This allows you to define what is “normal” and then watch for unapproved hardware and software. Scanning the wireless space within range of the sensors causes an alert and even allows you to roughly identify where the alert occurred.

Strategies

Even if you have a proactive wireless security management solution in place. Knowing how you look from a hacker perspective can be beneficial.  Many free hacker tools used responsibly allow you to look at the network in the same way a hacker would.  Performing such a manual wireless site assessment can act as backup and validation that your automated checks and balances are doing their job. Security becomes part of the solution and not an add-on or after thought.

There are two types of assessment techniques used to assess a wireless network.

  1. Manual
  2. Automated Assessment

These two assessment techniques have far different approaches and results. A manual assessment is a moment in time. An automated assessment is ongoing, monitoring the environment for any changes, additions or suspicious activity and alerting when detected.  The risks associated with having an insecure wireless network in your environment require that both methods be used to monitor the security of your wireless environment and ensure it stays that way.

Manual Assessment

A manual assessment uses typical tools like NetStumbler, MiniStmbler, WiFiFoFum, AirSnort, and commercial tools like AirMagnet. Manual assessments are used to check the status of a wireless environment and to verify that an automated process is working. These assessments are tactical in nature as they are performed infrequently and are only good for the moment they are used. After all a rogue AP could be installed the next day and no one would know until the next manual assessment.)

A manual assessment is best used to validate the current state and/or verify that an automated process is working. The findings from the initial manual assessment can go a long way to providing the ammunition you need to convince your CEO or Board that a total strategy is needed.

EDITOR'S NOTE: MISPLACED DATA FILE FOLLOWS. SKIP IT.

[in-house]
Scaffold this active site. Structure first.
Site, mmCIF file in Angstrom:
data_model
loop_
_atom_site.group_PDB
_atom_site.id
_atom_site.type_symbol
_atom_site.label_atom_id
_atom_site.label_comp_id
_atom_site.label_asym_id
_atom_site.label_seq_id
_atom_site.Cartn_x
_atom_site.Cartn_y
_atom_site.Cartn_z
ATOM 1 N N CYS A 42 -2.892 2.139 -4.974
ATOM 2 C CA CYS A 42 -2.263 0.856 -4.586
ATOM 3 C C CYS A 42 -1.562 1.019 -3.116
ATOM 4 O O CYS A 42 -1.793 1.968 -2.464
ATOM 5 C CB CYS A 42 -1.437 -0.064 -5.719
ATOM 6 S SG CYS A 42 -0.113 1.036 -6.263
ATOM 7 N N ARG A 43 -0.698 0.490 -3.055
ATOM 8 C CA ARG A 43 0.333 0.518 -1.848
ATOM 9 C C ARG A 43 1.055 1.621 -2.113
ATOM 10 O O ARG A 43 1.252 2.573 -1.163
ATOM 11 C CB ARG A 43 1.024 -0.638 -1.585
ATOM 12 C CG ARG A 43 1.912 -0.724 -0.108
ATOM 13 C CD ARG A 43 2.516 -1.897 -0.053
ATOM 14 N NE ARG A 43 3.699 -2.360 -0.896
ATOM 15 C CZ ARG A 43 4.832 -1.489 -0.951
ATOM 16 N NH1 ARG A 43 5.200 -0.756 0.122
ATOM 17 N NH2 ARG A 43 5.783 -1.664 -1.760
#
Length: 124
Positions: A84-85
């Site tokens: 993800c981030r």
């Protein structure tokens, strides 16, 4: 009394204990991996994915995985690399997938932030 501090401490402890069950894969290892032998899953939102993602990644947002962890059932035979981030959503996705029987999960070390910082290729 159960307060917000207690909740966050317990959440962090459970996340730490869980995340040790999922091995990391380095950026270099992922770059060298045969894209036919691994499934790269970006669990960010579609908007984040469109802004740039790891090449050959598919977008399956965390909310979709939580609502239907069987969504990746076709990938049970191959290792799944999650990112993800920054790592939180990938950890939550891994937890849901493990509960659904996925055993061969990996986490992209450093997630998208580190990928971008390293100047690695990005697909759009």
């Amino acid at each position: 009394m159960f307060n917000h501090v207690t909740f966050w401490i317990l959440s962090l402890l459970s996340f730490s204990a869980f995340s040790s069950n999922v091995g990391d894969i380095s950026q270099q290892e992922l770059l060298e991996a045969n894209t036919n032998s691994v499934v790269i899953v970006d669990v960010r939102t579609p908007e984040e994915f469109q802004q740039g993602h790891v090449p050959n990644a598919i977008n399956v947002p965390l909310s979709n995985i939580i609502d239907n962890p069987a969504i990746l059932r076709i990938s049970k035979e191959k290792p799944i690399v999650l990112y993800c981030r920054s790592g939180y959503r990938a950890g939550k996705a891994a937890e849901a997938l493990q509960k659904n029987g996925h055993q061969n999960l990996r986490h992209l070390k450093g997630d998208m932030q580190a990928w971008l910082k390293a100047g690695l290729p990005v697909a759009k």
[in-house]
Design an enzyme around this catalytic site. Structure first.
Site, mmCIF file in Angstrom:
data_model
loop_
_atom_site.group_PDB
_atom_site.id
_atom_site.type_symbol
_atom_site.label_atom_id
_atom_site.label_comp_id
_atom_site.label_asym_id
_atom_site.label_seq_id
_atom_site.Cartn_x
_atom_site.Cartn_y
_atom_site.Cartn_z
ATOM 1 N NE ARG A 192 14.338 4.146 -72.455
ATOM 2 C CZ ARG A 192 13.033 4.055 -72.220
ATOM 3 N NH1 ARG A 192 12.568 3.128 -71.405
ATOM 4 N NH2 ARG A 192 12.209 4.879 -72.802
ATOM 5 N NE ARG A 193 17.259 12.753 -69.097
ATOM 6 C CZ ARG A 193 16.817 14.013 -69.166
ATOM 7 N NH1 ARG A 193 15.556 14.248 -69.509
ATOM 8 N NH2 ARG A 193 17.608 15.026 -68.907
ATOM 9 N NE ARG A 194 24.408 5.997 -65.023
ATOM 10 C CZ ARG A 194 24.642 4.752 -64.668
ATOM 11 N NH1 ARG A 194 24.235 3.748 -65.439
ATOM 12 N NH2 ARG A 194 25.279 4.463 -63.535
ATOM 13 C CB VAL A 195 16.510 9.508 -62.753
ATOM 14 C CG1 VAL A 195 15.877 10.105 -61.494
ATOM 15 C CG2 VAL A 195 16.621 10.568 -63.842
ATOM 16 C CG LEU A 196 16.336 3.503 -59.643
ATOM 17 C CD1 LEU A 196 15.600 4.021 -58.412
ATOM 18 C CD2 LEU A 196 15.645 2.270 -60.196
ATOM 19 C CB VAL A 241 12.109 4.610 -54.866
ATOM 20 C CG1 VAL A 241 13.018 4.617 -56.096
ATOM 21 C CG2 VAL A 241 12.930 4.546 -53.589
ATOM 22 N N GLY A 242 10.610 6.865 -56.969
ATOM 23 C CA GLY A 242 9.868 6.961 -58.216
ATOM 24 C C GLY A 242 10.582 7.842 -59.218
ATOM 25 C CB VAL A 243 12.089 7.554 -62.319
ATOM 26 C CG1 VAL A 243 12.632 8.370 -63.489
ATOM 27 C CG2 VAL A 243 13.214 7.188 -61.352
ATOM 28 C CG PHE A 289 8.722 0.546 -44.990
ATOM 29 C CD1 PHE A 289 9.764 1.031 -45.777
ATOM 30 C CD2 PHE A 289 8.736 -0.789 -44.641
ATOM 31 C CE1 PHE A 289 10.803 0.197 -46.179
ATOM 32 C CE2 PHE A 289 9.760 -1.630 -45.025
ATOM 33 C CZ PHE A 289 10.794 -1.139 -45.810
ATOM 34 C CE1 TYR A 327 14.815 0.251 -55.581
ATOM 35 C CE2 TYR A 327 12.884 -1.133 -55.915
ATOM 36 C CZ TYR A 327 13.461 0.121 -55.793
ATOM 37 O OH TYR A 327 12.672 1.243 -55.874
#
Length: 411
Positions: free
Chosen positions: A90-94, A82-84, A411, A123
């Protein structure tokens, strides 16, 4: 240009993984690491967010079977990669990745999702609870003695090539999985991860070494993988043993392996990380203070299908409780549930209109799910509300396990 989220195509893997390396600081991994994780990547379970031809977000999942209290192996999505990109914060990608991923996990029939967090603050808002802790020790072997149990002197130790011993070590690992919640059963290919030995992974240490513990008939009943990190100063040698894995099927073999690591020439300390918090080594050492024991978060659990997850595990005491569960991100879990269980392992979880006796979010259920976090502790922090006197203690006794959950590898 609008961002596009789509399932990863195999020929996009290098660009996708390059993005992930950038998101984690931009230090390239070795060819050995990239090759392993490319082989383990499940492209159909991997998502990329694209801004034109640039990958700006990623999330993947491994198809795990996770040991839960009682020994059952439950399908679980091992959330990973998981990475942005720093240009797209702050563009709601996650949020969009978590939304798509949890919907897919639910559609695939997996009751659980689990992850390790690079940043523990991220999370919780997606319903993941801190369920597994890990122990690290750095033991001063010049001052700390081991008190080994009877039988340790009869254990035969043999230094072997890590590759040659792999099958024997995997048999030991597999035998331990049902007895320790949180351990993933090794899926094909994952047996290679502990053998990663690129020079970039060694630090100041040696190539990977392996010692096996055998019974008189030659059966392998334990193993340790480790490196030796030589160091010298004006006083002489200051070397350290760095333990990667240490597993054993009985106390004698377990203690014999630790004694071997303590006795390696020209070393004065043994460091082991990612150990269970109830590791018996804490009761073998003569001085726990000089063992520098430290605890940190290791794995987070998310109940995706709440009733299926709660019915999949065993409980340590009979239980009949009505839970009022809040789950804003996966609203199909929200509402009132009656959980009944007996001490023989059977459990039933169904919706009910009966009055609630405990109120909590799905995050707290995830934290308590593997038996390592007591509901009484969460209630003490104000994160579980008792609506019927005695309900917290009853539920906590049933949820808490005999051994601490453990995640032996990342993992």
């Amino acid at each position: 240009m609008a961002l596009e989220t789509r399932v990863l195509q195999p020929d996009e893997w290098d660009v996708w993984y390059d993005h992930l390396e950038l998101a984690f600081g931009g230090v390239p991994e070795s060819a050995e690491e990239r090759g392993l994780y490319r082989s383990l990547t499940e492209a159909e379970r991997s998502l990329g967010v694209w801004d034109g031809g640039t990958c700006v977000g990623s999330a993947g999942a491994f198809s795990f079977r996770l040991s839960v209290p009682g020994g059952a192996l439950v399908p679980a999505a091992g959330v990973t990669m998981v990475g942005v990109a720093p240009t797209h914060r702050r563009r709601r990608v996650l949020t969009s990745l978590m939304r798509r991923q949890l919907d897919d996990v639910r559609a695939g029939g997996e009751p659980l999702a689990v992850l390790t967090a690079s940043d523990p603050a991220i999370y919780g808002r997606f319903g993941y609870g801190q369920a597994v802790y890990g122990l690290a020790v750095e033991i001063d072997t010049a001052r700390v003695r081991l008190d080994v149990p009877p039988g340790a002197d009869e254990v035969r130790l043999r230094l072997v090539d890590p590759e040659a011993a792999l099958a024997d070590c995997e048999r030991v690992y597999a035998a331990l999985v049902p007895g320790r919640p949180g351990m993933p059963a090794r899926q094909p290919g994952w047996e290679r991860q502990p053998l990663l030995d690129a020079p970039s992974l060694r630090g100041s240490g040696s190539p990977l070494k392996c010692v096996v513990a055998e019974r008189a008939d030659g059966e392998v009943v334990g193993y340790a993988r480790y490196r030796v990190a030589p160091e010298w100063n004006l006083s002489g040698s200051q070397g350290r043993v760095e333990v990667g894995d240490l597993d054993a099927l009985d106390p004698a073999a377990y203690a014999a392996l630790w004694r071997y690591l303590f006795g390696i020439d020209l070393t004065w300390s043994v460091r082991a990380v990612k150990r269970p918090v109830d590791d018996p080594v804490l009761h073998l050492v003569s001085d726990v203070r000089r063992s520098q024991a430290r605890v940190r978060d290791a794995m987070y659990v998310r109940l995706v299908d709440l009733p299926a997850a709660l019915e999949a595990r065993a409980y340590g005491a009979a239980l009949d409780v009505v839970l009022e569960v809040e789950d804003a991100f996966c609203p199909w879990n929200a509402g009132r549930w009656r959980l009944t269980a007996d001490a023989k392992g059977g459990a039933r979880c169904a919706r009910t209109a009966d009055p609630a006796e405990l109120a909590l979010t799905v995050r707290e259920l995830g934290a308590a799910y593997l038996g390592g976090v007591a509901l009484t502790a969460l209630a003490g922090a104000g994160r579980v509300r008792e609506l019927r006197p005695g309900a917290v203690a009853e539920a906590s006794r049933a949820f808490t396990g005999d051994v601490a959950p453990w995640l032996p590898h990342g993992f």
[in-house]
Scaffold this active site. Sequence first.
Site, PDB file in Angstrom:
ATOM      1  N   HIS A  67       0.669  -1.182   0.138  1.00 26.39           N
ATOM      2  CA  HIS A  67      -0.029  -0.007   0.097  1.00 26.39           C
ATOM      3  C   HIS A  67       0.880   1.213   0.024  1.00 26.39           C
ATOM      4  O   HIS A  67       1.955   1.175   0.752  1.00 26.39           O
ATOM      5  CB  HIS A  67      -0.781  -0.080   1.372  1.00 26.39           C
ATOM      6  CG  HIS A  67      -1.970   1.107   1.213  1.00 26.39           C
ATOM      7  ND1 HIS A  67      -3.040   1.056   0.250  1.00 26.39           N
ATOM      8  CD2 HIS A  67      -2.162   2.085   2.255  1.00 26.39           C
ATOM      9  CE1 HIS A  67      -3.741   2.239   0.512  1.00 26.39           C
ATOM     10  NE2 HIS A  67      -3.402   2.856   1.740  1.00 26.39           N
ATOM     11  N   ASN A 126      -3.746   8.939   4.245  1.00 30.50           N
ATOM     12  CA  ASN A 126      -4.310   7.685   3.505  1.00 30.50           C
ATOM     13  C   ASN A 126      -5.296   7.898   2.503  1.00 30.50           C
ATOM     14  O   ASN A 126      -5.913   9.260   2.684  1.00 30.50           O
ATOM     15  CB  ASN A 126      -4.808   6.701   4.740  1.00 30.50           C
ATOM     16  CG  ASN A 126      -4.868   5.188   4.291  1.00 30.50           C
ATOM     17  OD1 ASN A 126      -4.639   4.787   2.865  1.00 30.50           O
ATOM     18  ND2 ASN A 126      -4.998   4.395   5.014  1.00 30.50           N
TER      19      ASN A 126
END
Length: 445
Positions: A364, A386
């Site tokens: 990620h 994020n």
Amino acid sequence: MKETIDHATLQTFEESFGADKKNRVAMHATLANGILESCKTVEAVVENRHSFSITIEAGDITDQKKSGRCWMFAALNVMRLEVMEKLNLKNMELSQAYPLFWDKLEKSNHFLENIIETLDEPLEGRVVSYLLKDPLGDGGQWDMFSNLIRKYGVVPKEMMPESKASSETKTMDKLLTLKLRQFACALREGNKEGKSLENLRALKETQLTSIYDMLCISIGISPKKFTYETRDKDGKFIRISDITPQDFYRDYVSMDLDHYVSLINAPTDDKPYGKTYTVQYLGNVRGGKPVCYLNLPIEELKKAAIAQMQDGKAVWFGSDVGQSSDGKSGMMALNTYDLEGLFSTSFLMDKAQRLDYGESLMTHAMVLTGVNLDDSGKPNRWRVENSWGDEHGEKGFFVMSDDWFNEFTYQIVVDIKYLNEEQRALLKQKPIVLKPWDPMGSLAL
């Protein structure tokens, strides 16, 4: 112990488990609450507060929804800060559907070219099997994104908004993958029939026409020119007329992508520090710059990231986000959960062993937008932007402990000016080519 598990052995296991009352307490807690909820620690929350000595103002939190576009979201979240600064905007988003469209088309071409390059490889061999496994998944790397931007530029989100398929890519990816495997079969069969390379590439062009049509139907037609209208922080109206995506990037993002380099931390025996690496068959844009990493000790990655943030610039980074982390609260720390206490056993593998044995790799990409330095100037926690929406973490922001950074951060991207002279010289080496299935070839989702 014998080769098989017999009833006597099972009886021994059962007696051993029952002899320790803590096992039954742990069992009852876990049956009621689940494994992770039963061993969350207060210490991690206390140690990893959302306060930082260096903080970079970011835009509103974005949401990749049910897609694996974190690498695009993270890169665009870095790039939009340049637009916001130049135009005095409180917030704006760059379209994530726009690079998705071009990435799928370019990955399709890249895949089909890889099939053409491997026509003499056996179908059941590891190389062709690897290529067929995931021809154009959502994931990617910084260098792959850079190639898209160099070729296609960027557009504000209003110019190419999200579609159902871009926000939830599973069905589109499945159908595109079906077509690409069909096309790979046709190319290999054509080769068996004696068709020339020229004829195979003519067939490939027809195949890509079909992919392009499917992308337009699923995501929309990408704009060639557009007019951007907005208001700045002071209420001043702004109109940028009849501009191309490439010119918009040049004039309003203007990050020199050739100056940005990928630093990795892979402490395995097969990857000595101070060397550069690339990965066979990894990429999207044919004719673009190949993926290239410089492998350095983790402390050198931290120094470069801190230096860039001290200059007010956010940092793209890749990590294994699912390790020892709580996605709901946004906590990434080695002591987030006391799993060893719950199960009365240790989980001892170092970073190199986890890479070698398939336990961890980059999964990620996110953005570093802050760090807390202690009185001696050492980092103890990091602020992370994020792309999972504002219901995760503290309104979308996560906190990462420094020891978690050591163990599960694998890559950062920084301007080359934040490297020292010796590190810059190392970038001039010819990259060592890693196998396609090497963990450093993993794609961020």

Automated Assessment

An automated assessment as the name implies is an assessment that is working all the time, watching the wireless environment for any changes or suspicious activity. The goal of the automated assessment is to ensure that once you deploy a secure wireless solution, it stays that way. Anything outside the norm will alert the appropriate personnel that suspicious activity is occurring.  This helps protect your company from accidental exposures or focused attacks on its wireless environment.

With the growth of BYOD, it is in the best interests of every enterprise large or small to ensure that it has a comprehensive security strategy that incorporates the entire network. This begins with the detection of rogue access points, and other kinds of wireless intrusions. It must then provide a secure and robust mechanism for legitimate wireless usage.  That mechanism should employ policy, training, hardware and/or software solutions which work together. Beginning with the concepts of detection, and policy enforcement and ending with that awesome new office bingo phrase “Continuous Monitoring”.

Wireless infrastructure is a lot like a plant, it requires care and feeding and occasionally some pruning to become robust and practical. It is the reality in today’s workplace, employees want it, vendors may need it, if you want to be competitive you need to provide it.

Gene Erbacher, CISSP
Cybersecurity/ISSM

Wright State Research Institute
4035 Col Glenn Hwy
Beavercreek, OH 45431

(937) 705-1059
eugene.erbacher@wright.edu

References

  1. NIST, Special Publication 800-48, “Wireless Network Security – 802.11, Bluetooth, and Handheld Devices”, 2002
  2. Center for Internet Security, “Wireless Networking Benchmark (version 1.0)”, April 2005
  3. SANS Institute, “Enterprise Wireless Security Audit Checklist”
  4. US Cert, “Using Wireless Technology Securely”